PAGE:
• Proper Lead Agency: Finally, the Court rejected petitioners’ argument that the entire CEQA process was “tainted” and the EIR invalid because Mono County, not the Air District, should have acted as the lead agency.  While CEQA Guidelines § 15051 provides that “the lead agency shall be the public agency with the greatest responsibility for supervising or approving the project as a whole” and that this will “normally” be the public agency with general governmental powers, rather than a single or limited purpose agency or district, this stated “preference for an agency with general governmental powers … does not apply if another agency has greater responsibility for supervising or approving the project as a whole.”  Here, the project is located almost exclusively on federal land within the surface and subsurface jurisdiction of federal agencies (USFS and BLM) that initially believed the Air District was the only nonfederal agency with any permit authority.  While it later became clear that Mono County would be required to approve a conditional use permit for a small portion of the project – 1,500 feet of pipeline on Ormat’s private property – the Air District still had greater responsibility for supervising or approving the project as a whole and “was [thus] a proper lead agency under the circumstances.”

Conclusion and Implications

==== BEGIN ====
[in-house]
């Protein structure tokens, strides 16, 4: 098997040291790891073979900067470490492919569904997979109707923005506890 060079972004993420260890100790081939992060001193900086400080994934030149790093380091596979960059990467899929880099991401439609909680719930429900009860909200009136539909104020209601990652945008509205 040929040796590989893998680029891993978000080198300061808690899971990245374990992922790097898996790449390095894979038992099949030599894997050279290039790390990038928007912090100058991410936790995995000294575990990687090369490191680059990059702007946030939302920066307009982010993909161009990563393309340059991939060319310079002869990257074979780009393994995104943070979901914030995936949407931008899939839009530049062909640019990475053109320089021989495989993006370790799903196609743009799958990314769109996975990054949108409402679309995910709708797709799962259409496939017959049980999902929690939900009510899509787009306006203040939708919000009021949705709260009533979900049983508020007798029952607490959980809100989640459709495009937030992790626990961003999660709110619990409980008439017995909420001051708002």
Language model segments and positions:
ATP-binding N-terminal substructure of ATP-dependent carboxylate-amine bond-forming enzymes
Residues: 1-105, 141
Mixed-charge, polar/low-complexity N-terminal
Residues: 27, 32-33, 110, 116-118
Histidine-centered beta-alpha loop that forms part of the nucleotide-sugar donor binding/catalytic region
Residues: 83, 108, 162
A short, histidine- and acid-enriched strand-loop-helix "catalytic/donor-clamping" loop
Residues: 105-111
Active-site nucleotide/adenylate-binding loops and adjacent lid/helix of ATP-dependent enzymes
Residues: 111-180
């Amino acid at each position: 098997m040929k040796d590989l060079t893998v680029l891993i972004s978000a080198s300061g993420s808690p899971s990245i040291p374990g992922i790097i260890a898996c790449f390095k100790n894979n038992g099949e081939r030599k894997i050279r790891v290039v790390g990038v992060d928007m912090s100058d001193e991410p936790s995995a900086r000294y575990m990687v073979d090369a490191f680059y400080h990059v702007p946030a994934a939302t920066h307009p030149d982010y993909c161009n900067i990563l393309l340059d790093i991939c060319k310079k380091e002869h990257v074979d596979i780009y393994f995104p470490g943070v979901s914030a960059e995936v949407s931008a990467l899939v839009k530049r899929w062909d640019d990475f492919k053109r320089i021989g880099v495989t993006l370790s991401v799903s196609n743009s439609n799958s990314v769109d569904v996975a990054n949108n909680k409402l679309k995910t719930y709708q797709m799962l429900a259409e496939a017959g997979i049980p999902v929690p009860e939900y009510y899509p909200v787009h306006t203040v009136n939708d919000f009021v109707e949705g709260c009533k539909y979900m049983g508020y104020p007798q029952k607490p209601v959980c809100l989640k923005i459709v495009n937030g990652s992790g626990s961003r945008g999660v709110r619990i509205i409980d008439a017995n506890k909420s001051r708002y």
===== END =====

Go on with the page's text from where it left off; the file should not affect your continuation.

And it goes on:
The biggest practical lesson from this case for lead agencies and CEQA consultants and practitioners involved in preparation of an EIR is a fundamental one:  Take very seriously detailed comments on the Draft EIR proposing specific, additional, “facially feasible” mitigation measures to address an identified impact of the project that has not been mitigated to insignificance by the adopted mitigation measures – particularly where (as in this case) those comments are supported by strong expert and other evidence showing the proposed measures are feasible and have actually been employed in other arguably analogous contexts.  It is a fundamental precept of CEQA that responses to comments raising significant environmental issues must evince good faith and reasoned analysis, and contain detail commensurate with that in the comment.  (Pub. Resources Code, § 21091(d)(1), (2); CEQA Guidelines, § 15088(c); Los Angeles Unified School Dist. v. City of Los Angeles (1997) 58 Cal.App.4th 1019, 1029 [EIR “must respond to specific suggestions for mitigating a significant environmental impact unless the suggested mitigation is facially infeasible”].)  The case’s other somewhat interesting holding is that binding and enforceable permit conditions limiting the extent of a project impact through a quantified, objective “performance standard” may, under appropriate circumstances, serve as a substitute for substantial evidence in the record analyzing and calculating the actual extent of the impact.